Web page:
Cameras targeting illegal phone use across NSW
Since 1 March 2020, mobile phone detection cameras, including fixed and transportable cameras, have been targeting drivers illegally using a mobile phone across NSW anywhere, anytime.
The system operates day and night and in all weather conditions, using high-definition cameras to capture images of the front-row cabin space of all vehicles to detect illegal mobile phone use. Since its implementation, the Mobile Phone Detection Camera Program has been successful in reducing illegal mobile phone use on our roads.
As part of the 2026 Road Safety Action Plan, the NSW Government has announced that mobile phone detection cameras will also be used to enforce seatbelt offences. The community will be informed before this commences. In NSW, each year, on average, over 30 drivers and passengers are killed and around 90 seriously injured in crashes when not wearing available seatbelts. Many of these deaths and injuries could have been prevented if seatbelts had been worn.
NSW Police continue to enforce seatbelt offences, illegal mobile phone use and other high-risk behaviours as part of regular on-road policing operations.
For more information about the mobile phone detection cameras, please see our FAQs below, and for information about mobile phone rules visit our Know the rules page.
Watch our video or read a transcript.
Frequently Asked Questions
- Why has the NSW Government implemented this program?
- How is the camera program being rolled out?
- How does the technology work?
- Is the system completely automated or are images subject to human review?
- What if I am issued a penalty notice but do not believe an offence was committed?
- Is this really a world-first program?
- How is privacy protected?
- Where is the data stored?
- What criteria is used to determine camera locations? How many in metropolitan areas and how many regional areas?
- What is the penalty for being caught for illegal mobile phone use?
- How long after an offence are penalty notices issued?
- What if I’m the registered operator of the vehicle but was not driving at the time of the offence?
- How is the community being informed about the cameras?
- What are the risks are of using a mobile phone while driving?
- How many people are injured in road crashes where mobile phone use is a factor?
- What are the rules for using a mobile phone while driving/riding?
- Will the cameras also detect seatbelt offences?
- The Mobile Phone Detection Camera Program is a key initiative to achieve the Government’s ongoing targets to reduce road fatalities and serious injuries to zero by 2056.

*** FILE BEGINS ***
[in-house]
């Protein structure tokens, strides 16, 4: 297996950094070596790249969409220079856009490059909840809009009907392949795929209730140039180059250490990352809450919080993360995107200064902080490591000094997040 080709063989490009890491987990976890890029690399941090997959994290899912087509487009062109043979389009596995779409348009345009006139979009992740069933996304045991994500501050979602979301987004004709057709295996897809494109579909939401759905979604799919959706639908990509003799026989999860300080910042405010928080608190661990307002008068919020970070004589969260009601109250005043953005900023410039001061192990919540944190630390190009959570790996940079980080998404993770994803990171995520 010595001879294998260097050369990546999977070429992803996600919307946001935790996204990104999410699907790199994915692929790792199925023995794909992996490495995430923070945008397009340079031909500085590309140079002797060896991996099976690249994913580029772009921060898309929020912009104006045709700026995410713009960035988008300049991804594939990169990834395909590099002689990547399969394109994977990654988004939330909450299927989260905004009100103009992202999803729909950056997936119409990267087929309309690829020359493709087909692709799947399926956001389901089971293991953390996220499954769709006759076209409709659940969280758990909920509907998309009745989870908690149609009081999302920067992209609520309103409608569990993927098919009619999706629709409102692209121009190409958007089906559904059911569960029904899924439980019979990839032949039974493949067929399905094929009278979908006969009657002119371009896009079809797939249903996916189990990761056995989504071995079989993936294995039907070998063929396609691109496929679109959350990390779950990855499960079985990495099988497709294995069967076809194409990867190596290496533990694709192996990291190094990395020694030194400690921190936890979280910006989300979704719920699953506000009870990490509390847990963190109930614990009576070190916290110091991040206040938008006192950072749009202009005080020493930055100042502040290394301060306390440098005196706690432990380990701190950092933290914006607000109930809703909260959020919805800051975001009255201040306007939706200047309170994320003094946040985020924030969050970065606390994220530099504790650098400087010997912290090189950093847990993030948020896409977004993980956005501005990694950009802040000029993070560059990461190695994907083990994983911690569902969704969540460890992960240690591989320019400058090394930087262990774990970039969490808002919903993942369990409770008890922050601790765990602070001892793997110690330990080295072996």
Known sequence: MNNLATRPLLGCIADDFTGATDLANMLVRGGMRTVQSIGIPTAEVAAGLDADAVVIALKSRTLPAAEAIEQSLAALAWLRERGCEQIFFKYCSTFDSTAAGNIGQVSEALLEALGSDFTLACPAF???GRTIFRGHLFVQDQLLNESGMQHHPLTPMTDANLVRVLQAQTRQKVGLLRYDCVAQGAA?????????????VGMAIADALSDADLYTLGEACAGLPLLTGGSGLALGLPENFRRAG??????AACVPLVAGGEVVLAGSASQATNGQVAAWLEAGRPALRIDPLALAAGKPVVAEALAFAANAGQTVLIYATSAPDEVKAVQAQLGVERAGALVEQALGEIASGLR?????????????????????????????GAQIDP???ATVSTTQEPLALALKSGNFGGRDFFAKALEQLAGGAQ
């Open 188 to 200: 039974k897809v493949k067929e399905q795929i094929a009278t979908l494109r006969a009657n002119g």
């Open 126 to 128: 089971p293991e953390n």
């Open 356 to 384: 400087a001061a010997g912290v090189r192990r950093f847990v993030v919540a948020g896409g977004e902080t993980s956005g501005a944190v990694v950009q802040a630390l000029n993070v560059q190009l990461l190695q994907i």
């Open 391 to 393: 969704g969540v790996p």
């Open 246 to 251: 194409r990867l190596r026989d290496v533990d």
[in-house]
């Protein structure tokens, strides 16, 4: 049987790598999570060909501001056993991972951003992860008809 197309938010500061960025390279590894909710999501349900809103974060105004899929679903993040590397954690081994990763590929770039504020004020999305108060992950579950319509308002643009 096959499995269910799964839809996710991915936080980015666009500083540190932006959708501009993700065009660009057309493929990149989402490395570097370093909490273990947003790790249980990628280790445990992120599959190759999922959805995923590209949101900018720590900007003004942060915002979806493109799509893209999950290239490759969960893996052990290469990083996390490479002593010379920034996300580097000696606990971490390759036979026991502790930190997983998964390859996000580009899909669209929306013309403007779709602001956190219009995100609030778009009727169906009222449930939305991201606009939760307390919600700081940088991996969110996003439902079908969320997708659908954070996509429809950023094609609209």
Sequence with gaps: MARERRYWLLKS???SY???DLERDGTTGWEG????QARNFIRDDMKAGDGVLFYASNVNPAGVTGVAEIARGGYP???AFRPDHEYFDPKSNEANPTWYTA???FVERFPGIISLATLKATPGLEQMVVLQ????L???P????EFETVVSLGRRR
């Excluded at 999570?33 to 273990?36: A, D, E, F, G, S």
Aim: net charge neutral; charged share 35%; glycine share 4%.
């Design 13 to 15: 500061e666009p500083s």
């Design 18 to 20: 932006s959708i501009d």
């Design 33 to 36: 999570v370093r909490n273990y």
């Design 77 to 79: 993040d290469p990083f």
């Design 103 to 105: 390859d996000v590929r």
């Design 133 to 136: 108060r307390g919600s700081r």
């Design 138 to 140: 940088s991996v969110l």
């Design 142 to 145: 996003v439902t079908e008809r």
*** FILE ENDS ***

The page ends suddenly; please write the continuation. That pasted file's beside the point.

- Automated, camera-based enforcement, coupled with police enforcement, has played a critical role in addressing other high-risk behaviours on our roads such as speeding and red light running. These camera programs are proven to help prevent crashes and reduce road trauma.
- The pilot, which tested the camera technology from January to June 2019 in both fixed and transportable modes, proved the technology was able to operate with high reliability in real world conditions.
- During the pilot more than 100,000 drivers were found to be using a mobile phone illegally.
- Independent modelling by Monash University Accident Research Centre (MUARC) estimates that the program will contribute to a reduction in road trauma of approximately 100 fatal and serious injury crashes over a five-year period.
- Detection using fixed or transportable cameras is possible at locations that may be difficult for police to enforce, resulting in a safer road environment for all road users.
- There is strong community support for using cameras to enforce illegal mobile phone use while driving or riding.
- A community survey commissioned by Transport for NSW was completed early April 2018, after laws were tabled in NSW Parliament to permit use of the technology. Three quarters (74 per cent) of those surveyed supported the use of cameras to enforce mobile phone offences.
- A further survey was undertaken in May 2019, during the pilot, and found the level of support had increased to 80 per cent.
- This level of support has been sustained. Community research conducted as part of consultations for the Road Safety Action Plan in March/April 2021 showed that 79 per cent of drivers believed mobile phone detection cameras were an important measure in making NSW roads safer.
- The program began operating on 1 December 2019, with warning letters being issued for the first three months. During this time, drivers caught using their phones illegally were issued a warning letter to encourage them to change their behaviour.
- Enforcement of illegal phone use detected by the mobile phone detection cameras commenced on 1 March 2020.
- The program is managed by Transport for NSW. Acusensus has been engaged to deliver, install and maintain the camera technology. Penalty notices are issued by Revenue NSW, in a similar way to other camera fines.